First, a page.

Liverpool have been frequently linked with a move for Brighton midfielder Moises Caicedo, their all-round star in the centre. So why should the Reds push for him?
Midfielders, we’ve got a few.
Finding the right combo, though, appears a struggle at the moment – or perhaps more than the chosen individuals, it’s the way they are aligned on and off the ball which is causing problems.
Either way, changes in the middle of the park look likely sooner or later, and Caicedo is top pick for many supporters to help tilt the balance back the Reds’ way.
Standing a little under 6′ tall he’s not a giant, yet manages to be imposing all the same; a muscular and compact dynamo who covers the ground with ease.
The Ecuadorian 21-year-old is showing greater consistency with each passing season and that is reflected in his standing within the international team, where he has already picked up 28 caps and played at both a Copa America and a World Cup.
It’s a very fast upward trajectory he has been on, with only just over a season spent at his home club Independiente del Valle before making the move to Brighton midway through 2020/21.
Half a campaign of adaptation, half a season on loan in Belgium and then back to the Seagulls – and now a year in the team on the south coast.
It’s a relatively small body of proof of his talents, fewer than 100 senior club games to date and still fewer games for Brighton than for his original club back in Ecuador, yet most of the world is already convinced of his talents.
The latest reports are that, despite contact with the player’s representatives, those within Liverpool believe he will end up at Chelsea.
But should the club be making him a top target?
From a technical perspective, Caicedo is impressing and progressing more and more all the time.
His touch is sure, short-range passing is exemplary when given time on the ball and then, of course, there are his defensive tendencies.
Rapid into the challenge, he’s an all-over-the-pitch ball-winner who will hunt down his opponent with relentless assurance, top five in the Premier League this term for number of tackles.
Break it down further and he’s fourth for middle-third tackles (team-mate Alexis Mac Allister ranks second, incidentally) and though the numbers are fewer across the board, he’s top 10 for final-third tackles too.
Elsewhere, Caicedo’s positional work also looks much improved this year, while his speed across the ground is of course a massive positive.
If he’s not in place after his team loses the ball, he gets there very quickly.
Heading the other way, while he’s not someone to directly dribble past an opponent, his ball-carrying is good to head into space quickly, and his willingness to make an extra body in the box with surges from deep has been very apparent when not playing the deepest role in midfield.
There’s probably not anything Caicedo is dreadful at, in truth.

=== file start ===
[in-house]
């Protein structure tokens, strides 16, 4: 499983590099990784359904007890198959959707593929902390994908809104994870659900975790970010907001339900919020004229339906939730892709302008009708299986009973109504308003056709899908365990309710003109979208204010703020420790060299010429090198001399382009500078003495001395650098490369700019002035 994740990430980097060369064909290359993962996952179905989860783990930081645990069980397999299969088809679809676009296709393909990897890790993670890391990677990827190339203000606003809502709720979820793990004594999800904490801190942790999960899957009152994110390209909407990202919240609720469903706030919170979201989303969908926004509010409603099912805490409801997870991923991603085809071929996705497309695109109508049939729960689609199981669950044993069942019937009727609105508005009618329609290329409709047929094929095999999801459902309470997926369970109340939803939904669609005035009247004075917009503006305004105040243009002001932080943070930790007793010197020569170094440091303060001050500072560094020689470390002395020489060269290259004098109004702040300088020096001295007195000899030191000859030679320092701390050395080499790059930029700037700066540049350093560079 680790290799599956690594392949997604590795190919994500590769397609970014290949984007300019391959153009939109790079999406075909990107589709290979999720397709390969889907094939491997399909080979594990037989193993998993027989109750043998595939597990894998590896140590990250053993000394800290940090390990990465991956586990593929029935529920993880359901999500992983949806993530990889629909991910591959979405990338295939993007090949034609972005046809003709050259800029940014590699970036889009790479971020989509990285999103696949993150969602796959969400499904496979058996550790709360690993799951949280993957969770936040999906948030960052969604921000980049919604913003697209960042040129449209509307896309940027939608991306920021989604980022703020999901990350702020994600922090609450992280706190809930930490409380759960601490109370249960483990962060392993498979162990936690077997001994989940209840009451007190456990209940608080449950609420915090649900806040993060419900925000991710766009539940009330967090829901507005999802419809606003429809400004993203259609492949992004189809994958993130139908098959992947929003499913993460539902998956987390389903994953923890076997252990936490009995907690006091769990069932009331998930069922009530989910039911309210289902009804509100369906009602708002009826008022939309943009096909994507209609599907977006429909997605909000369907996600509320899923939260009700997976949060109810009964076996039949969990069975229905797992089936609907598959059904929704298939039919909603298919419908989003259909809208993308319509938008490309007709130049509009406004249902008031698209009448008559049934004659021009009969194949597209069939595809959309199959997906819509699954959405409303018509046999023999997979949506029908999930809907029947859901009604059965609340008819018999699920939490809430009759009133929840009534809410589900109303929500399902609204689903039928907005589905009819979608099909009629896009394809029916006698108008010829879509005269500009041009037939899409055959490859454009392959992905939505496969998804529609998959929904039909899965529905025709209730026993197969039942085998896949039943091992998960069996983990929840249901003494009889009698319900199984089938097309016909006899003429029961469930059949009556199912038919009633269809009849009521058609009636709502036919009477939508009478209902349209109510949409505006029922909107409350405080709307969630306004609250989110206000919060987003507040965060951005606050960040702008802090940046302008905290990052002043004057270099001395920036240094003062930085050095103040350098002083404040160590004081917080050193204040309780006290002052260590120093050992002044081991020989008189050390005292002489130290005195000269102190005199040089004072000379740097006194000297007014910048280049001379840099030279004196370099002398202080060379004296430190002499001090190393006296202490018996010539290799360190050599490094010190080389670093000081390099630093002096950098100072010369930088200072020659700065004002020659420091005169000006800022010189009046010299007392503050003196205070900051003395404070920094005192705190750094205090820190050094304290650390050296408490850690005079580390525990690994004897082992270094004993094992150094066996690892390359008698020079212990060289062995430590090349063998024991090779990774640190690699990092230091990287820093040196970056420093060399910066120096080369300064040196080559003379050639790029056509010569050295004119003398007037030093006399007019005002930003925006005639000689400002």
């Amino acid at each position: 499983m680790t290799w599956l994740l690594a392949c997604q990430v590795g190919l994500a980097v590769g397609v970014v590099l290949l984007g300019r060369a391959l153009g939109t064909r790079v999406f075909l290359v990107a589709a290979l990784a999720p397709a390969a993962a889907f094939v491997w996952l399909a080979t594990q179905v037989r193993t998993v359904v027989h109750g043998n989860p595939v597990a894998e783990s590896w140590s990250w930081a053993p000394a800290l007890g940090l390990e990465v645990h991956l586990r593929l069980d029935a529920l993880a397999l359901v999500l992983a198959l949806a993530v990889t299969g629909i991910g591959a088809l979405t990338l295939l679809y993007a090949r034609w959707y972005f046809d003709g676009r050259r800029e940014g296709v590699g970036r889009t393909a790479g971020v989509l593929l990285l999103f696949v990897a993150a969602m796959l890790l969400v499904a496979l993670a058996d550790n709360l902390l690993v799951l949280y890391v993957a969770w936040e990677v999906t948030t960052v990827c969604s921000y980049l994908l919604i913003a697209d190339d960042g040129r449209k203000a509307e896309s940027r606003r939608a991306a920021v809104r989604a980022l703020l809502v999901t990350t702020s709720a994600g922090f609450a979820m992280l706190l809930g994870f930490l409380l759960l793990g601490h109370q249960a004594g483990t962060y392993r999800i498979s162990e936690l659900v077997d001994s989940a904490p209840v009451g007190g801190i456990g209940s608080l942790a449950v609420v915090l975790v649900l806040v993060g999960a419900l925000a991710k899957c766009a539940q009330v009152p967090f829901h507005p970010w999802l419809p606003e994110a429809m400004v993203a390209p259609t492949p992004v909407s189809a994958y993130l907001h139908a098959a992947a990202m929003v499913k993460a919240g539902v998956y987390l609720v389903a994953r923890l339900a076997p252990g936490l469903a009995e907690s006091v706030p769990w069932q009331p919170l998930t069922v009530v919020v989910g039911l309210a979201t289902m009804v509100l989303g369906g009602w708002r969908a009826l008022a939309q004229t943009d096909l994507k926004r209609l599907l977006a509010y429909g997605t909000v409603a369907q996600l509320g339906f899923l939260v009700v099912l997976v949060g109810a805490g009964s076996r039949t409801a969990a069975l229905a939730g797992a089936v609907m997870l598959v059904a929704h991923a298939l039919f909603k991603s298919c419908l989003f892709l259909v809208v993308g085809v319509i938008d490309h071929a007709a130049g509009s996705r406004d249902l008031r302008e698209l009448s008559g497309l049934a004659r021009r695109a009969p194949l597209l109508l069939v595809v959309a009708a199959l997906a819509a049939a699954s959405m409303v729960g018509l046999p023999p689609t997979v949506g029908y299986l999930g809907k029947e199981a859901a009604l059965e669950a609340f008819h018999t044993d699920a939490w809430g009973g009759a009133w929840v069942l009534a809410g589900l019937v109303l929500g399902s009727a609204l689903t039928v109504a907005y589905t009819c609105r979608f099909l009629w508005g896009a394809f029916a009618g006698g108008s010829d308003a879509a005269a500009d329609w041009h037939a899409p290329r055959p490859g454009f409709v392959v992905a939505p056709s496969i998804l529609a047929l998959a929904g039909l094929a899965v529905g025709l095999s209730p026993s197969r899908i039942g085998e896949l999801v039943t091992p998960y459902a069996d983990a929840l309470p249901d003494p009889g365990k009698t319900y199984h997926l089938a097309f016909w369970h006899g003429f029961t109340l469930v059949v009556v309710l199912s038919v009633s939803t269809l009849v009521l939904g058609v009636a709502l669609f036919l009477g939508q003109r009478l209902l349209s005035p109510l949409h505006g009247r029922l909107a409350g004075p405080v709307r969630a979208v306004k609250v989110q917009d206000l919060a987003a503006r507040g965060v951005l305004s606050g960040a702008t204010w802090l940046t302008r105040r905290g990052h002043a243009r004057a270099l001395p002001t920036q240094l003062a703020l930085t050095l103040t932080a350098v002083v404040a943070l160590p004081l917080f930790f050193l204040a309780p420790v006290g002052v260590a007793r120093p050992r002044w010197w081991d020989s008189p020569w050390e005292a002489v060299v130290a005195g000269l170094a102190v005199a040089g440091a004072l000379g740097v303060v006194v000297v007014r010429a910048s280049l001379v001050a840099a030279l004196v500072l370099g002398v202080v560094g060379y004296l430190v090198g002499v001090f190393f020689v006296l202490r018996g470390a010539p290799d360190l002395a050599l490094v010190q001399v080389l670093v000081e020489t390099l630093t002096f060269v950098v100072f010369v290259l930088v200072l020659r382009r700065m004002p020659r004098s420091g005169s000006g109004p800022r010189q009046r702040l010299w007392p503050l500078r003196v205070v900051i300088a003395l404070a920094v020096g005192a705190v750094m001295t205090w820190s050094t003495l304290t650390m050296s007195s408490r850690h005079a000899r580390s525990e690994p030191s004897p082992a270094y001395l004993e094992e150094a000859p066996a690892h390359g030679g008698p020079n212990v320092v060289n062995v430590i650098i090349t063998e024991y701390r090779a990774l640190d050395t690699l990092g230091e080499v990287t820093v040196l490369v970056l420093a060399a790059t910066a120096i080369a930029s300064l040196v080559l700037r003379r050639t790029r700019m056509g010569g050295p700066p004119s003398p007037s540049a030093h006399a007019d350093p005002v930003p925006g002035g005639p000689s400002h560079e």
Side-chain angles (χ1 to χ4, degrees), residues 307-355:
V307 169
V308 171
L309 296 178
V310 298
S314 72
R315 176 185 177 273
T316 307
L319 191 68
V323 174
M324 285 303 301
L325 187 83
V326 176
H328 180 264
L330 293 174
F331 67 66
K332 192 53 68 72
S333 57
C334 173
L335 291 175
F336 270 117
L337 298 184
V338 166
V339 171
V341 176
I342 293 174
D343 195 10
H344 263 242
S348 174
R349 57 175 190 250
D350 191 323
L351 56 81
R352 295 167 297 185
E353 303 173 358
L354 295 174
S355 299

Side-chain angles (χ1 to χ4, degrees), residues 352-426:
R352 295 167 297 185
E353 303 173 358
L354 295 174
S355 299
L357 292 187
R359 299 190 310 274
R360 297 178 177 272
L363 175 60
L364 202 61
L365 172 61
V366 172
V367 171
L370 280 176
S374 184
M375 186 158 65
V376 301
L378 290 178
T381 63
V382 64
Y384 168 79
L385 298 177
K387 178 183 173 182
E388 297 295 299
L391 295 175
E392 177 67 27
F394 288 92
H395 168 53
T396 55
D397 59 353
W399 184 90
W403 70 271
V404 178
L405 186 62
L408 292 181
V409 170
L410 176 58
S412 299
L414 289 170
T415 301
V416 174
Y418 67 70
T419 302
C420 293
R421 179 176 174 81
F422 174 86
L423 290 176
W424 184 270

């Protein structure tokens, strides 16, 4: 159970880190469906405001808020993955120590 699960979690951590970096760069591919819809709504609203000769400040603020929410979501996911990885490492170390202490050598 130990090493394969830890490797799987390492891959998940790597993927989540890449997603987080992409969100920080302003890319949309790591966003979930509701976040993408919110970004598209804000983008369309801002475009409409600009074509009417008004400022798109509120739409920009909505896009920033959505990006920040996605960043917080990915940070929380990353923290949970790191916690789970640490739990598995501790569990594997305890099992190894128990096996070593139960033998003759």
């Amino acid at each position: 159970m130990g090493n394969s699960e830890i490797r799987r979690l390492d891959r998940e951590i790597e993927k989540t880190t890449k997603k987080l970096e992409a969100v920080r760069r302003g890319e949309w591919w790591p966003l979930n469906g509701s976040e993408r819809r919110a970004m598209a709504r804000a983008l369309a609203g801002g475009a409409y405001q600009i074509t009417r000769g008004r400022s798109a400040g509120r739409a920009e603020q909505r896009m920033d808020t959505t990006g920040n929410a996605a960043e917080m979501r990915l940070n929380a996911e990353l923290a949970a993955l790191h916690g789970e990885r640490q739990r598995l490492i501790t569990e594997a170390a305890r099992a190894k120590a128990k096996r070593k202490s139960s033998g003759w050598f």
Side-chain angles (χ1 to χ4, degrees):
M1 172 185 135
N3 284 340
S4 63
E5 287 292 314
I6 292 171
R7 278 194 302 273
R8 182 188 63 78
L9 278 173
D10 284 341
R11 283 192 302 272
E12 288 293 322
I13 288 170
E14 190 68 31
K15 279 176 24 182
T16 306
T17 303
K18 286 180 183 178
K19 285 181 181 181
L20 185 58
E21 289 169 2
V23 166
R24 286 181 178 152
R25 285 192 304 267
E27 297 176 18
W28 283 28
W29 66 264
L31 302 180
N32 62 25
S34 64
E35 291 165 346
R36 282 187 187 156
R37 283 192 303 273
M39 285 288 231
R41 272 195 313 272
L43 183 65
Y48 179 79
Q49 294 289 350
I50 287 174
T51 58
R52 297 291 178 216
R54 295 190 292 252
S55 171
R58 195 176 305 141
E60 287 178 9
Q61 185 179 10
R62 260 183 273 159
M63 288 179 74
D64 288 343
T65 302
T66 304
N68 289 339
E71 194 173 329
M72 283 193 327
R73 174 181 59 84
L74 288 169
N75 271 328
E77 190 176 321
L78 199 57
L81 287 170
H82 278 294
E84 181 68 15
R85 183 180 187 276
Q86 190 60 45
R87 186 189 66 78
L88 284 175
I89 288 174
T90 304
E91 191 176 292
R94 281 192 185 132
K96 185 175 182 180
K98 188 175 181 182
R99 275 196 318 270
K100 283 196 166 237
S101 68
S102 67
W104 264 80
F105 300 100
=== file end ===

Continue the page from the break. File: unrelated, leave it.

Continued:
He’s very much someone who can operate in both boxes and everywhere in between – which isn’t to say improvements can’t be made.
Naturally, given the level of experience he has (or doesn’t have), we could expect general across-the-board improvements anyway, tactically and technically.
But for a top team’s midfield, increased diligence and consistency in his passing game will be a requirement if he’s playing in deep areas.
Then there are those tackles we mentioned: at times they can be made in areas or at moments when it’s not entirely necessary, leading to too many fouls.
While he ranks high for tackles made, he doesn’t particularly for possession won via them.
If he’s added as a part-offensive option, a bit more of a goal threat would never be a bad thing, whether that’s by way of him getting late into the area and on the end of cutbacks or else making the key pass at the end of buildup play.
So far, neither would really be included on his list of strengths, but neither is it anywhere near his primary role.
Who does he play like?
A mix of former and current Reds, in truth.
That comes with the tackles, the fouls and the ability to get back quickly into important positions.
For who he looks like when the team takes possession, either of the current Tottenham duo is a representative example of his job.
Pierre-Emile Hojbjerg and Rodrigo Bentancur both play quick passes into the more creative team-mates and then join the attack from deep, behind play and ready to protect against transitions.
Where would he fit?
If we’re suggesting he signs this window, then the obvious answer is straight into the lineup.
Liverpool need midfield alterations, but whether a simple personnel addition is enough at this stage (rather than systemic flexes) is open to debate.
In more specific terms, the way the Reds play now would see Caicedo most likely operating as a No. 8.
Forced to pick which side he could operate in to give most immediate benefit, it would be the left-sided No. 8.
Like Wijnaldum before him, part ball-winner, more inclined to sit alongside Fabinho for defensive solidity and positional recovery after transitions – yet still able to play forward or surge on when the moment suits.
Thiago, the usual occupant of that spot, has of course featured for the Reds in the more offensive-minded right-sided role too previously.
And while Caicedo could be that on-running midfielder from deep, he would naturally play it in a very different manner to the Spaniard or, say, Harvey Elliott.
It would be an addition which makes plenty of sense for the Reds from both the perspective of adding quality and adding ability in multiple midfield roles.
Though, as ever, it seems speed of decision and finances on hand will dictate whether a deal is ultimately done.